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Hi! I have finished writing my 11th chess book. The working title is "The World's Most Instructive Amateur Game Book". It's a big book - over 100,000 words covering 30 games; full of generic advice on improvement, time management, dand thought process (with the computer analysis of best play noted). The editor is working on the manuscript now and it should be published in the fall. A description of all my books is always online at http://danheisman.home.comcast.net/~danheisman/Events_Books/book_descriptions.html - Regards, NM Dan Heisman
Cool! A book of annotated amateur games could be very instructive indeed. Looking forward to it!
Awesome news. Hope it will be available on Kindle.
Yes, I think it will be available on Kindle (almost all books are these days), but that's a better question for the publisher.
My new preferred way of reading chess books:
Of course, the selection is still pretty limited, but it's coming along... I do have Silman's Complete Endgame Course on there.
Thanks Mr. Heisman for the great books, looking forward to this new one.
I recently read another book with amateur games, annotated by the players with additional comments from the GM author, and I think this approach can be highly instructive. So I am delighted to hear that Mr. Heisman, one of my favourite chess authors, has tackled the same subject matter (no doubt in his own unique way). How exciting!
I would love for this book (and others by DH) to be published in e+Chess format.
Andres from smartchess! App said he was working on one or two books (from Russell Publishing) by Mr. Heisman . This was back in march of this year via email. So hopefully it's coming soon.
Thanks for all the kind words - very much appreciated! The publisher for my new book is Mongoose Press (who also did The Improving Chess Thinker and the 2nd edition of The Improving Annotator but this one's not "improving...") Fburton is right - I believe he is referring to Lev Alburt's recent book which has similar theme (based on his Chess Life column) but I believe my approach, content, and inclusion of generic improvement material will be much different than Lev's.
Great news. As a chess teacher, I mostly present master games to my students, especially when doing classroom lectures. However, I think that many amateur games provide positions more likely to come up in student games. When you tell a student that the well played game presented to them was by a well know master it doesn't have the same impact as a well played amateur game. I say this because many beginning players assume only the best games are played at a higher level. I look forward to it's release. I have enjoyed your books and used many of the examples with my students (as well as using them to improve my own game).
Hugh, Thanks. While the book is the "most instructive" it doesn't mean the games are of the highest amateur quality - in fact I tried to pick games that were indicative of the types of errors made by amateurs of all levels starting with about 1000 FIDE up to almost-master. So I wanted the games to be as instructive as possible, not the best possible amateur games played by, say, all expert levels players. Of course the chess definition of amateur is "non-master" but none of the games in the book are by beginners. Each chapter is a different theme and, since time management is such a big amateur problem, the 1st chapter is "Too Fast" and the 2nd chapter is "Too Slow"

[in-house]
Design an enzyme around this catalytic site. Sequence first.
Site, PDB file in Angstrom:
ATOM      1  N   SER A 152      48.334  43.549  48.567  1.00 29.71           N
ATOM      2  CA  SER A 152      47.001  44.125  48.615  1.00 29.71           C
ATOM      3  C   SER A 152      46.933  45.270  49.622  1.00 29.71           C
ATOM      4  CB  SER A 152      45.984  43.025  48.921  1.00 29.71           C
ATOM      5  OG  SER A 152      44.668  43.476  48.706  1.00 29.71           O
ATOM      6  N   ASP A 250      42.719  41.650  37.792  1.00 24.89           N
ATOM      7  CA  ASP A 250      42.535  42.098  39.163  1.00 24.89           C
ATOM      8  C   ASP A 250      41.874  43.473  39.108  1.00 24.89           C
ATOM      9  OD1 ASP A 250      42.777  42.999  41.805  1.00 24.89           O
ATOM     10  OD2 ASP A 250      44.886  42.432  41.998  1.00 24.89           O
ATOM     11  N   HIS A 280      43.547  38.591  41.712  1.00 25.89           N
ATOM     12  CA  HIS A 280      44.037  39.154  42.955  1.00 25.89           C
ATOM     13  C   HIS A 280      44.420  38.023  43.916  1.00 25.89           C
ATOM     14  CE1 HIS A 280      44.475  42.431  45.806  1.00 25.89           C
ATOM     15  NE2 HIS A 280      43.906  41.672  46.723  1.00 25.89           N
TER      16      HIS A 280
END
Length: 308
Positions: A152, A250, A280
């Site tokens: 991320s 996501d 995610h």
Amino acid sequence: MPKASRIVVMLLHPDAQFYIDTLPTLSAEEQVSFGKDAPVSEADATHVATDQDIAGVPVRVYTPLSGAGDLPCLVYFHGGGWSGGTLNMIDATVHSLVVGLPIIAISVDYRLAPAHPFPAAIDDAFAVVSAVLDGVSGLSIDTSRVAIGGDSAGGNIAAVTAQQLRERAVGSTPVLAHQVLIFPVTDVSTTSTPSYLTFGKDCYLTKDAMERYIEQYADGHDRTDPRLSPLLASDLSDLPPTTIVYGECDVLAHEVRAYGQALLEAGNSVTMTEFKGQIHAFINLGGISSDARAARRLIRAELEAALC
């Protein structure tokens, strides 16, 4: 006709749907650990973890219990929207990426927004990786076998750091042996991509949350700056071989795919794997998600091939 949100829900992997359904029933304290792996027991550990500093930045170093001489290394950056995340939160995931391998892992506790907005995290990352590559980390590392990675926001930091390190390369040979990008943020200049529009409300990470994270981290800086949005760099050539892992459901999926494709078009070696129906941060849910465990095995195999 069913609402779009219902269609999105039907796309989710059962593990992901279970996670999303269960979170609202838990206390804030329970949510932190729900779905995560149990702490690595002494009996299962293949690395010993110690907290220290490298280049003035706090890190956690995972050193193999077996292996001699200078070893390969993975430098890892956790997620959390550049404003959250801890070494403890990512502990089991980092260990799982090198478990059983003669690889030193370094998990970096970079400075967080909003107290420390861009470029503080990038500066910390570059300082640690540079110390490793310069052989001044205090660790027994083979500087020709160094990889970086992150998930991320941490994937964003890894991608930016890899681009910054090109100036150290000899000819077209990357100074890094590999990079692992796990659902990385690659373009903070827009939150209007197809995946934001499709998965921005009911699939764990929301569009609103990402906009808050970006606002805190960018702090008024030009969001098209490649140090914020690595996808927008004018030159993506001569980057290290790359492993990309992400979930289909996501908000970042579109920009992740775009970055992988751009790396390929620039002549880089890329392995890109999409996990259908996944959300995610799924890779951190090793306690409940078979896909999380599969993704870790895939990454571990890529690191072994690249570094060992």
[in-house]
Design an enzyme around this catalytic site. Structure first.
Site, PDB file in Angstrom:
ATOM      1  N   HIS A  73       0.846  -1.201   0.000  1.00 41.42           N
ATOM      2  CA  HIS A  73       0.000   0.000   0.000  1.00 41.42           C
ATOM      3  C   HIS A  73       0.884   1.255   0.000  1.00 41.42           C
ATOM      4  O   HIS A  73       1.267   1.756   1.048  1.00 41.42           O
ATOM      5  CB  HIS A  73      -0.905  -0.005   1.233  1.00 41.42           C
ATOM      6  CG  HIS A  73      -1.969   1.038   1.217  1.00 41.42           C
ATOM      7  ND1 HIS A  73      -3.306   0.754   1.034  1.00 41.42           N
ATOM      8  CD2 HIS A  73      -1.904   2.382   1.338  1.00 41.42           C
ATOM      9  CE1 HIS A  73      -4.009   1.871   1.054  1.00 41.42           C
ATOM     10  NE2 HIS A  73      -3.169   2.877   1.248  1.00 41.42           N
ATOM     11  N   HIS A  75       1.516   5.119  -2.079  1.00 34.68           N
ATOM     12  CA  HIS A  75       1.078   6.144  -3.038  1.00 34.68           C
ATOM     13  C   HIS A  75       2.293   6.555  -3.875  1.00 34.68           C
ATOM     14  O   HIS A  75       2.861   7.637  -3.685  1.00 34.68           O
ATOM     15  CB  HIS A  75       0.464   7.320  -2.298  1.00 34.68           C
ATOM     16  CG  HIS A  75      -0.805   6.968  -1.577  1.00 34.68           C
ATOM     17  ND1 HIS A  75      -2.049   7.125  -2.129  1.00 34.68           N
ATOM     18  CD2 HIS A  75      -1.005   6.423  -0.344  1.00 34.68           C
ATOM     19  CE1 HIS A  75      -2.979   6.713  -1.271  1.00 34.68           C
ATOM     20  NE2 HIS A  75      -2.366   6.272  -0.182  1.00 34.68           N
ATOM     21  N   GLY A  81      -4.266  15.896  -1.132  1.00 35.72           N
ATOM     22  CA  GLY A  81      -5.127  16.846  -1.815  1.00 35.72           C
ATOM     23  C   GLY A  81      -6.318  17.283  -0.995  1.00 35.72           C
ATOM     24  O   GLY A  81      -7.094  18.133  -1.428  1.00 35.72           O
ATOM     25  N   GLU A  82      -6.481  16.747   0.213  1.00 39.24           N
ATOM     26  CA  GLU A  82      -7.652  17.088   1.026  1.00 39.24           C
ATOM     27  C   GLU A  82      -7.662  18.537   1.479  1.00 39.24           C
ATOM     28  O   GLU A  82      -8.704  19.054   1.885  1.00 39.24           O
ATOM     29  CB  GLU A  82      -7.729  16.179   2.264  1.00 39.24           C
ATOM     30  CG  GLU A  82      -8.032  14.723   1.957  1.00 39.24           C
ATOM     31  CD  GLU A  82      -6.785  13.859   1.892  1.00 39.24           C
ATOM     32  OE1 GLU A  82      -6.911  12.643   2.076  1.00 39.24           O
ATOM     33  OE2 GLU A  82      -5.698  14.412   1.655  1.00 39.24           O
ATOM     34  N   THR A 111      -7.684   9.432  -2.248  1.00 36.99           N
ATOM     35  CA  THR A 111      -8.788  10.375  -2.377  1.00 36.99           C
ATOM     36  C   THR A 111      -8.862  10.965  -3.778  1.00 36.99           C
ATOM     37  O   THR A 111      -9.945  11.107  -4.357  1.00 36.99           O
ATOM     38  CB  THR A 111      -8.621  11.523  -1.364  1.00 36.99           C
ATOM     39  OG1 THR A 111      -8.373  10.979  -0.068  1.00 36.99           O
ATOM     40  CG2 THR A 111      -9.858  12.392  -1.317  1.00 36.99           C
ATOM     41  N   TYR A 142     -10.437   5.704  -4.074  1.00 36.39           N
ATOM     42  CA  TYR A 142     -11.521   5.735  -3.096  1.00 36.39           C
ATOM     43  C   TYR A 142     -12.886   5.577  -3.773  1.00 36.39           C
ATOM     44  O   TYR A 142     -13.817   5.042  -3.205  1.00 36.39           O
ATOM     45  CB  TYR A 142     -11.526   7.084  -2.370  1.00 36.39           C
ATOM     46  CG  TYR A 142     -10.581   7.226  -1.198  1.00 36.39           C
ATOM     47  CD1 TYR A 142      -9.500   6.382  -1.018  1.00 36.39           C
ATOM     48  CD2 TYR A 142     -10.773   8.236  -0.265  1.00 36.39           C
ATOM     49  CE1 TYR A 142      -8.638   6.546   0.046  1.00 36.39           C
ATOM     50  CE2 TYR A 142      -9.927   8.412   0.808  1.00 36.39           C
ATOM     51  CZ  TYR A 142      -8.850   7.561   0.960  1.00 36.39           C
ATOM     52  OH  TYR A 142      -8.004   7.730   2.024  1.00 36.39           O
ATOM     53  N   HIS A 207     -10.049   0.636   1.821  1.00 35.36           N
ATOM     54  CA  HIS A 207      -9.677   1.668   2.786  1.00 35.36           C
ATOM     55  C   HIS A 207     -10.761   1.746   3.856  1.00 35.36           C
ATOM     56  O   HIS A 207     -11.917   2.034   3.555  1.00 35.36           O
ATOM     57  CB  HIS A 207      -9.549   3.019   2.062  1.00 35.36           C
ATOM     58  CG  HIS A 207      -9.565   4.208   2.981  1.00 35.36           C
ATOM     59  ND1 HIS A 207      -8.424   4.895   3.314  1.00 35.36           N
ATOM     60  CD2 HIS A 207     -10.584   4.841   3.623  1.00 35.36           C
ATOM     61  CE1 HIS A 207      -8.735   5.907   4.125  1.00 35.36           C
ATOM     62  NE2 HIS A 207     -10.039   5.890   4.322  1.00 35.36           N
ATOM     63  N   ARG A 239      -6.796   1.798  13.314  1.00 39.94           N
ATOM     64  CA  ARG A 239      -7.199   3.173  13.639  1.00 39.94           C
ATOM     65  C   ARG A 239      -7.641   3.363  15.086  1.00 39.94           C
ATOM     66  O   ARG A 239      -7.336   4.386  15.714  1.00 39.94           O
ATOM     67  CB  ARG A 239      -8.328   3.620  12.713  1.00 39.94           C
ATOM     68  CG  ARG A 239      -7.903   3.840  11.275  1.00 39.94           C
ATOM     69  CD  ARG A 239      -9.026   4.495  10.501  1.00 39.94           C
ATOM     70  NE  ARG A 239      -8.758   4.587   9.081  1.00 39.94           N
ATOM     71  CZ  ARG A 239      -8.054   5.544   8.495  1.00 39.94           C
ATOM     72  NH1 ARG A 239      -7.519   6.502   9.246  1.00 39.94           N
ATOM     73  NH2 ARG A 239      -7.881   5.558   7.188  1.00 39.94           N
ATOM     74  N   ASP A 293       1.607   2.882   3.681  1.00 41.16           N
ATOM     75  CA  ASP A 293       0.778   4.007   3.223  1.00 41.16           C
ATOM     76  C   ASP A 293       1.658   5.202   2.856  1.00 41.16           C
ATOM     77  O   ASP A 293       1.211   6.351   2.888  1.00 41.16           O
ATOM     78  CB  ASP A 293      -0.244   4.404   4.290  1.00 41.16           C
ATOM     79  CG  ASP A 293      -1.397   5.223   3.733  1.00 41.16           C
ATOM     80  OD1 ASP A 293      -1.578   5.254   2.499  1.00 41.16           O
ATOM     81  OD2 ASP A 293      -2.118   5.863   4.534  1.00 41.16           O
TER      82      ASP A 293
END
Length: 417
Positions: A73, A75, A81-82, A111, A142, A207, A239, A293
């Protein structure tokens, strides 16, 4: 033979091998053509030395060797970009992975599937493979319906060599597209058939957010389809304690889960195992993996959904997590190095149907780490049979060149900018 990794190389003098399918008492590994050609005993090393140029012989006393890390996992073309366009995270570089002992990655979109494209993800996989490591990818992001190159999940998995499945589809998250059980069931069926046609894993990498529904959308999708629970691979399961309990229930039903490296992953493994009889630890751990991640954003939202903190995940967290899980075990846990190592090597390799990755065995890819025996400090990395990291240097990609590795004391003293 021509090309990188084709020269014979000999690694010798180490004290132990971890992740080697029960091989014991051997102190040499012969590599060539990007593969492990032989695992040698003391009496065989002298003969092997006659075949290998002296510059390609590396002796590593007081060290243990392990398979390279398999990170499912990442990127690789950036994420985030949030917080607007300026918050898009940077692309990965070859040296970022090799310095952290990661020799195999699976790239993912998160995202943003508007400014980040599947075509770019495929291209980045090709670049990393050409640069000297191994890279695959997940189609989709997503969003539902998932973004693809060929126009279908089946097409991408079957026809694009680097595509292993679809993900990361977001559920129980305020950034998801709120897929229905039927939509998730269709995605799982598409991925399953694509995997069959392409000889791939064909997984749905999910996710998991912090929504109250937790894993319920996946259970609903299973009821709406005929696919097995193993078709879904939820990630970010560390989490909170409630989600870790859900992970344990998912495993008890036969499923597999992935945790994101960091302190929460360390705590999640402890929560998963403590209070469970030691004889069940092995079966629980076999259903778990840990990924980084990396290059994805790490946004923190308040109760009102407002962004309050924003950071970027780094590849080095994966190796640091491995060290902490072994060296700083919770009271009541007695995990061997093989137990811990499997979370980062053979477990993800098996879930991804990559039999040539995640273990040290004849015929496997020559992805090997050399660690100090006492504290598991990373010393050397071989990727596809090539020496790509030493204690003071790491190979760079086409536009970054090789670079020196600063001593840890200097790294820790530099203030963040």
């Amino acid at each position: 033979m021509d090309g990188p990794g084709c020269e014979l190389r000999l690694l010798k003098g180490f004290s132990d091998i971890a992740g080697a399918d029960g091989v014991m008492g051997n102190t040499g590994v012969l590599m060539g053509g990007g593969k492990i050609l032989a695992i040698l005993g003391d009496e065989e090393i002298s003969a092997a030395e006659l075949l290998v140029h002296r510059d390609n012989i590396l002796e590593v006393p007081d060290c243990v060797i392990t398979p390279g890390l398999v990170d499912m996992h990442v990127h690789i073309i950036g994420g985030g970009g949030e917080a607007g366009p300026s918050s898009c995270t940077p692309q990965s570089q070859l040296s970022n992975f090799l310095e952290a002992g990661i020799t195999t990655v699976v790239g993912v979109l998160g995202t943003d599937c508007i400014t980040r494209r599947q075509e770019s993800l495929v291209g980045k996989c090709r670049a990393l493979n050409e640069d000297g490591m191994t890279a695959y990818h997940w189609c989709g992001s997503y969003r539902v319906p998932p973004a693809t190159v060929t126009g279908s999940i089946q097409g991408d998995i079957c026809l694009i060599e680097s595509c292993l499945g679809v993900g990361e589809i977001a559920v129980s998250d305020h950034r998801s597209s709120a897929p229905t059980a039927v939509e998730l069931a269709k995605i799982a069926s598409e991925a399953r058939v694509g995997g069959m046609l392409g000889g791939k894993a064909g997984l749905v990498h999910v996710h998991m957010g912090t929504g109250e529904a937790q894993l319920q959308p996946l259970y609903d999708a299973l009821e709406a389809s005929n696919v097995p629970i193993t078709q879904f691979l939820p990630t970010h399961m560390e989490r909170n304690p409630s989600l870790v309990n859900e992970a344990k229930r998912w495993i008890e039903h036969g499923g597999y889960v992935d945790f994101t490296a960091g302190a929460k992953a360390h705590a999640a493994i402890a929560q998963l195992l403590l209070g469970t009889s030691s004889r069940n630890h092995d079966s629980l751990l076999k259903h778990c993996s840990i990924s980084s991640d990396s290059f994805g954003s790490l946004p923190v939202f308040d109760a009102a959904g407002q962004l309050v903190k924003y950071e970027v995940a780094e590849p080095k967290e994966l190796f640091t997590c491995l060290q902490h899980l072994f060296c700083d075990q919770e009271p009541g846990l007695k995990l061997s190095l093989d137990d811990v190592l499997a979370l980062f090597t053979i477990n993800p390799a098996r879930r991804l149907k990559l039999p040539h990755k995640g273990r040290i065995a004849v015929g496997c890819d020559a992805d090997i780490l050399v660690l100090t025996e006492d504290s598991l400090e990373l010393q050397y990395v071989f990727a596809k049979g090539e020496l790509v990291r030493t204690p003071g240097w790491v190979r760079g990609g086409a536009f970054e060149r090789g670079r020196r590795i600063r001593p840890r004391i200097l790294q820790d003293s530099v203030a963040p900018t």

Errors are always instructive. I can't wait to read this book!
This book has now gone thru extensive editing and proofreading and has gone to typesetting. If done at the same 5.5x8.5" size as previous books with this publisher, it would be over 600 pages! So the current plan is to have it come out at 6x9" so it won't be quite so thick I think it's a good, very extensive, mixture and balance of:
1) Specific advice on the positions,
2) Generic advice on how to improve and how the positions exemplify that general improvement advice, and
3) Computer analysis to show what the "best" moves and ideas would have been.
I see you point Dan. Sorry I didn't respond sooner but when I'm not teaching chess I'm on the road with a band. Showing games in which errors are made can be extremely helpful because often students will find themselves in a similar situation. Knowing how they got there, what they can do (if anything) once they're in that position and how to avoid the problem in the first place will greatly help the student. An interesting note: Many of my students parents pick up copies of your numerous books for their kids and for themselves, more so than any other chess writer.
I have no doubt this is a good approach. I am a very moderate club class player and when presented with a master strength game I can sometimes, dimly and from afar off, with the help of expert commentary, get a glimpse of what is going on. Mostly I am all at sea.
Amateur games tend to be different: the threats are immediate or just a move or two deep; the positions tend to be more like those reached in my own games; the mistakes (certainly) will tend to have a more familiar look.
Wish you luck with the book.
Saw your presentation the other day (questions thro' the alphabet) - much enjoyed it. Thank you. Hope the voice did not suffer too much.
(Don't feel too old. When you are 63 you will feel much older. :) )
Wow! Congratulations on all this work!
I look forward to reading it. Commenting lower rated players' games and errors is a great idea, it'll be really helpful.
Have you thought of selling ebooks in PGN format?
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